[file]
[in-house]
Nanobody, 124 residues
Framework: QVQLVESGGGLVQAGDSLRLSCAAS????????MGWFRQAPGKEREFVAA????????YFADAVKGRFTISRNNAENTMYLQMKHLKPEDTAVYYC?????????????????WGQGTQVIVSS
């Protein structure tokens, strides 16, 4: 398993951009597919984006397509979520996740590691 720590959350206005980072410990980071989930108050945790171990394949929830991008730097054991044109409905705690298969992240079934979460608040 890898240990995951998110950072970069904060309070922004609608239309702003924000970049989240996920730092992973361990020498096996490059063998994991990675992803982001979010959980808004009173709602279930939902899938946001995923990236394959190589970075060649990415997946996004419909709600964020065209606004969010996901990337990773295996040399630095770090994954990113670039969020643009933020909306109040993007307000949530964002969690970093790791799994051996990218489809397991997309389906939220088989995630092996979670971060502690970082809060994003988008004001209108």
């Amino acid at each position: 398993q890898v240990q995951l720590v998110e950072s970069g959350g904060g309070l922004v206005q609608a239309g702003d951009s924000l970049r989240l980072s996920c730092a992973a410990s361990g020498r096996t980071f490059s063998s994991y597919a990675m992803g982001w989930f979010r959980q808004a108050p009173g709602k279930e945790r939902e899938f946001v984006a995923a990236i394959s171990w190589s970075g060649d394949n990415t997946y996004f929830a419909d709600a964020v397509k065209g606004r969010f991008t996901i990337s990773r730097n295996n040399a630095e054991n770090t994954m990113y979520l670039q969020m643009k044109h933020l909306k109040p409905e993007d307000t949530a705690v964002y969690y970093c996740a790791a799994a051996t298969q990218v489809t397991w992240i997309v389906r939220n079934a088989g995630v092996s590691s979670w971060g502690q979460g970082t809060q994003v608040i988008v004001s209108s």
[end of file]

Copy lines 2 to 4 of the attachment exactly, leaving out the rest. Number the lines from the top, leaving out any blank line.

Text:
Nanobody, 124 residues
Framework: QVQLVESGGGLVQAGDSLRLSCAAS????????MGWFRQAPGKEREFVAA????????YFADAVKGRFTISRNNAENTMYLQMKHLKPEDTAVYYC?????????????????WGQGTQVIVSS
């Protein structure tokens, strides 16, 4: 398993951009597919984006397509979520996740590691 720590959350206005980072410990980071989930108050945790171990394949929830991008730097054991044109409905705690298969992240079934979460608040 890898240990995951998110950072970069904060309070922004609608239309702003924000970049989240996920730092992973361990020498096996490059063998994991990675992803982001979010959980808004009173709602279930939902899938946001995923990236394959190589970075060649990415997946996004419909709600964020065209606004969010996901990337990773295996040399630095770090994954990113670039969020643009933020909306109040993007307000949530964002969690970093790791799994051996990218489809397991997309389906939220088989995630092996979670971060502690970082809060994003988008004001209108």